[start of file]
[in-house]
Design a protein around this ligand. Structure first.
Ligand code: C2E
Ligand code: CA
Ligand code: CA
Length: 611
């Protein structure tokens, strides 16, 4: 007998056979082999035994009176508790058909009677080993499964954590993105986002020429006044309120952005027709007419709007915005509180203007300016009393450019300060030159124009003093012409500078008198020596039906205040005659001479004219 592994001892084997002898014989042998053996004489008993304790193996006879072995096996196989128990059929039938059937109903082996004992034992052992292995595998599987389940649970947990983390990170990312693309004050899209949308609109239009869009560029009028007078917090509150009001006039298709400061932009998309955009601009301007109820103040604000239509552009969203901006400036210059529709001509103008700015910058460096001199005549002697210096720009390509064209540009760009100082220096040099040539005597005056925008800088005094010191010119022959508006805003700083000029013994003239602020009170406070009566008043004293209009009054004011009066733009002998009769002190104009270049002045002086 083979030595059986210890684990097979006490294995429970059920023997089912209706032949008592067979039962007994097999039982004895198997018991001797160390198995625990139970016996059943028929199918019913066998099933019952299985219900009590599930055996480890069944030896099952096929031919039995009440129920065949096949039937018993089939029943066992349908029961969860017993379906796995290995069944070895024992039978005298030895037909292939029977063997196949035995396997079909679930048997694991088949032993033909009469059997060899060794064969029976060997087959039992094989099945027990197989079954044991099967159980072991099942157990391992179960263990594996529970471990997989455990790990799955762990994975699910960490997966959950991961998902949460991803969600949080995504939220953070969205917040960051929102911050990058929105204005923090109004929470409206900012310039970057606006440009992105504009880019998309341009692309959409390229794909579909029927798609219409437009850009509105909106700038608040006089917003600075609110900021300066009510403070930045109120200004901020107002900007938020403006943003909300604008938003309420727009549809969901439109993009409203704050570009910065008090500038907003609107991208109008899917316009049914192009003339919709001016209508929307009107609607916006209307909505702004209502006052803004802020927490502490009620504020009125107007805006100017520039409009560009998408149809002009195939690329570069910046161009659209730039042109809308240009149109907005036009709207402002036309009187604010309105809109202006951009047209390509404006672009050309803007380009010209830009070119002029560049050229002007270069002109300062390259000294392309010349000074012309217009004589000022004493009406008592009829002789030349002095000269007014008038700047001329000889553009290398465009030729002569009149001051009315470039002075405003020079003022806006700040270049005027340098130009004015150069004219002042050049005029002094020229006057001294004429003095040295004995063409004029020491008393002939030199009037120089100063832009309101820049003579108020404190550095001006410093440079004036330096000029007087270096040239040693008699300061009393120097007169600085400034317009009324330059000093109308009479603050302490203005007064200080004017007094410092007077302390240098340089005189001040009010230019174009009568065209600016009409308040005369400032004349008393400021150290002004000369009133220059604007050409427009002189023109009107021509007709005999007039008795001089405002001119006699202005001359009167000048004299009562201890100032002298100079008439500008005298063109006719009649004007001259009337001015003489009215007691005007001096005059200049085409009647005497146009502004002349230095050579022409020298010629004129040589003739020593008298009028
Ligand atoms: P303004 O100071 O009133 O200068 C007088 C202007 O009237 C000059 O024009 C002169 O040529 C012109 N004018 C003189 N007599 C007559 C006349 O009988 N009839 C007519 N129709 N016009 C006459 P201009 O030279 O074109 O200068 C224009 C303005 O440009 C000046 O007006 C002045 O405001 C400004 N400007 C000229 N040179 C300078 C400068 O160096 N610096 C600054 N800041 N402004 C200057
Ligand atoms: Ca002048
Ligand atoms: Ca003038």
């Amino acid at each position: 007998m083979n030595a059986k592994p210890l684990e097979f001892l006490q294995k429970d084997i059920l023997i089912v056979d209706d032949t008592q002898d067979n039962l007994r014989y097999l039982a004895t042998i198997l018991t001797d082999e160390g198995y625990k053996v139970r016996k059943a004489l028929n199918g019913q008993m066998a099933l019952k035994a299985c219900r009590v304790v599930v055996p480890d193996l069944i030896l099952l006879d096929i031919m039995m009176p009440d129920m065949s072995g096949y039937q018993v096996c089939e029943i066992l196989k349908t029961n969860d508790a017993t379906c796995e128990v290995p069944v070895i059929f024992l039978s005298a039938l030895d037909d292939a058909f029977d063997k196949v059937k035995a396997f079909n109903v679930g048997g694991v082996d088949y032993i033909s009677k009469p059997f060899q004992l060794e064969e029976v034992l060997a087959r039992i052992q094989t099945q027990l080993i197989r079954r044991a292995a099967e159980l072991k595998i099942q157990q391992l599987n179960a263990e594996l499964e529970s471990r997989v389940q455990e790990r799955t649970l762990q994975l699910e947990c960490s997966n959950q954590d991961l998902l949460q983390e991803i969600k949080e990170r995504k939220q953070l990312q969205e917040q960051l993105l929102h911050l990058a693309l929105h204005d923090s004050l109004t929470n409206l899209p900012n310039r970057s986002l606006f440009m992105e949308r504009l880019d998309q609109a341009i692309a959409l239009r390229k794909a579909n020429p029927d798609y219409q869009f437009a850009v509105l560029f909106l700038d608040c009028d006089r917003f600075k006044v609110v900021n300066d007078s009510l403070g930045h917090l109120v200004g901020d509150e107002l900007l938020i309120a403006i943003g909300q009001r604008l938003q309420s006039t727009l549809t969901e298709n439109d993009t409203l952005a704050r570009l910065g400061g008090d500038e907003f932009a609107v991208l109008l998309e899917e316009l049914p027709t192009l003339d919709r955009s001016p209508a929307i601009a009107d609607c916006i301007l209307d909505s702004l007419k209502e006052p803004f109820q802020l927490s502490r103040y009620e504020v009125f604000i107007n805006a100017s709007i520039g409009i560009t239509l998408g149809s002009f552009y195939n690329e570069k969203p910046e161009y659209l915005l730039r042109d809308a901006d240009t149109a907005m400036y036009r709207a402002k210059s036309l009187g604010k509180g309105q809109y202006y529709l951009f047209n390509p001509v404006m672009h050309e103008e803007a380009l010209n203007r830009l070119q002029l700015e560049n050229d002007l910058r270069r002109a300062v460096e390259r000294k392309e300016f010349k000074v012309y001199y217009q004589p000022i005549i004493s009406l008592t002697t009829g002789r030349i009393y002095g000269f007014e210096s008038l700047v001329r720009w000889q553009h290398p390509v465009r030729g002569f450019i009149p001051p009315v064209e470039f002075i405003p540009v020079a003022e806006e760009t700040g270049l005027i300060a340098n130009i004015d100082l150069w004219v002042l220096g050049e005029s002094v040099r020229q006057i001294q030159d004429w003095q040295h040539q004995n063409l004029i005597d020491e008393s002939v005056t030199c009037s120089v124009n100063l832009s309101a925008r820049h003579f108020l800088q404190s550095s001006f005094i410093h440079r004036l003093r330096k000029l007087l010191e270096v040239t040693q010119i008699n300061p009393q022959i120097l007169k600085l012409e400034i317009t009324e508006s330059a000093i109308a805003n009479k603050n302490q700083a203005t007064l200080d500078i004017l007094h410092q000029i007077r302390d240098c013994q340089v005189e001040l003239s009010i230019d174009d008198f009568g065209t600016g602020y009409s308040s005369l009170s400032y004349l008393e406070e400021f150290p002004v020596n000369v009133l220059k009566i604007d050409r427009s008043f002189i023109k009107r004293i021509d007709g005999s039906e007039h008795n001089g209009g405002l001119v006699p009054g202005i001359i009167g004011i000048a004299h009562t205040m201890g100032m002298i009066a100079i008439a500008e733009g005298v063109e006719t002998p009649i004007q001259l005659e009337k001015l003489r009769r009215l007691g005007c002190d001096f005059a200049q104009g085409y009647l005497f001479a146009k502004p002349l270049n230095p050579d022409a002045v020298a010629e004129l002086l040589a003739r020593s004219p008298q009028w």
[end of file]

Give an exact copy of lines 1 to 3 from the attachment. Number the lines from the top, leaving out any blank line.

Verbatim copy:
[in-house]
Design a protein around this ligand. Structure first.
Ligand code: C2E